DEFINITION- Brumation is the equivalent in reptiles to mammalian hibernation. Brumating reptiles "shut down" their bodies and typically stop eating, drinking, and defecating once in full brumation. During brumation, the animal's growth and development are temporarily stopped. This period can last for several weeks. They often wake up to drink water and return to "sleep". They can go for months without food. Reptiles may want to eat more than usual before the brumation time but eat less or refuse food as the temperature drops. During the first year of life, many small reptiles do not fully brumate, but rather slow down and eat less often. Brumation should not be confused with hibernation; when mammals hibernate, they are actually asleep; when reptiles brumate, they are less active, and their metabolism slows down so they just do not need to eat as often. Reptiles can often go through the whole winter without eating. Brumation is triggered by lack of heat and the decrease in the hours of daylight in winter.
WHEN- If you have been a reptile keeper for any time, you've probably noticed that your animals tend to slow down a bit in the fall. This can happen very naturally, without artificial changes to lighting or heat. This is brumation. If your reptiles are near a natureal light source, or if they enjoy the outdoors if you live in a southern state, the effect can be more pronounced.
WHY- Brumatoin is natures way of telling cold blooded animals it is time to slow down and rest for a season. Feeding slows/stops as their metabolism does the same. Why should we send our animals through this process? Two reasons. First it is better for their health if properly brumated. This is what they do in nature. Brumation giving them a natural break. Also, some will say their animals breed better. We have been brumating our leopard and crested geckos for years and it seems when they come out of brumation, they eat like a tiger and are ready to breed.
It is ultimately important that you know your animals and their needs. The closer to the equator your reptile naturally occurs, the less need it has to brumation. In cooler climate, animals are more reliant to brumation.
HOW- In nature, animals recognize this change of seasons and will head off on their own to find a secluded log, crevis, or may even dig/find a tight hole to crawl into and then go into a state of 'suspended animation;. In captivity, we can control this with the light cycle and any artifical heat we offer. We can also provide a safe area to their needs.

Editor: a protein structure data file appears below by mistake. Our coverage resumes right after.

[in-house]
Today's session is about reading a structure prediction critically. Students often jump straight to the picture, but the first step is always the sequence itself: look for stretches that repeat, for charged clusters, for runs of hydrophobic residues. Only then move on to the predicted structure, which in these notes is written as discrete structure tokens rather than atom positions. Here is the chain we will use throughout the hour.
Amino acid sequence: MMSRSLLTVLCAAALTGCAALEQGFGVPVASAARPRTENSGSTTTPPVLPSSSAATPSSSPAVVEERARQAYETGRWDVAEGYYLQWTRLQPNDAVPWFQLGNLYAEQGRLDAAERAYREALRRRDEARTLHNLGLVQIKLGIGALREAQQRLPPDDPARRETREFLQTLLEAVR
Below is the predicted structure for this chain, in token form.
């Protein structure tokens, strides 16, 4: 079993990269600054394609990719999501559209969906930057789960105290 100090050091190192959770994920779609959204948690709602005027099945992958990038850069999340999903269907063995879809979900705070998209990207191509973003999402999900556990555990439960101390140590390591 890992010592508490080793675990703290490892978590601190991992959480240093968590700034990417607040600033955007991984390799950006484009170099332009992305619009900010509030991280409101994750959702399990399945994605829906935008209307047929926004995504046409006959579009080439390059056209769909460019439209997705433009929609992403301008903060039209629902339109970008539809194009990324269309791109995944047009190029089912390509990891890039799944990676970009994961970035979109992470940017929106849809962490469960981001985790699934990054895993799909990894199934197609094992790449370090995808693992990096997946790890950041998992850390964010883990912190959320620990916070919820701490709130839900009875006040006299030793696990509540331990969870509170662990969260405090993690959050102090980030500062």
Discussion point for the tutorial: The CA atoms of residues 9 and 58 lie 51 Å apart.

As important as providing your reptiles the opportunity to brumate, it is as important, or more so to prepare them first for the event. The one mistake often made is not brumating in steps. We adjust temperatures and light cycles in 3 steps. Each step drops the light hours in the day and the temperatures incrementally until the 3rd step which results in both finally arriving at the winter brumation. This allows the animals to adjust to their environmental changes gradually. If one drops temperatures in one stop, food may sit in the animal's stomach undigested and rot causing great damage and even death in the animal. Sometimes overlooked is the need to adjust lighting as well as temperatures. This can easily be done using a simple timer. With each step, move the morning and the evening times up by the desired amount.
During brumation, provide fresh, clean water but no food! This is most difficult for reptile keepers. We all want to make sure our animals are as healthy as possible. However, at lower temperatures, the animals do not need eat and the extra food will be damaging to their health.
SPECIAL NOTES- We never brumate animals that are a year or less in the Supreme Gecko facility. While our rooms will cool down, we keep heat tape/heat cable running on the younger animals.
As an example in our facility, our crested adults are usually maintained around 72-78 during the day with temperature drops to around 70 at night. Leopards are maintained at 82 degrees (hot spot around 92-94 degrees) and drop to about 74 degrees at night. In the winter time, the crested gecko's temperatures drop to about 68 during the day and 64 at night. Leopards are maintained around 70 degrees and drop into the high 60s at night. Light cycles from from 14 hours a day to around 8 hours a day.
There are specific steps to helping your reptiles come out of brumation Continue reading about brumation at Reptile Brumation – Coming out of the ‘Deep Sleep’.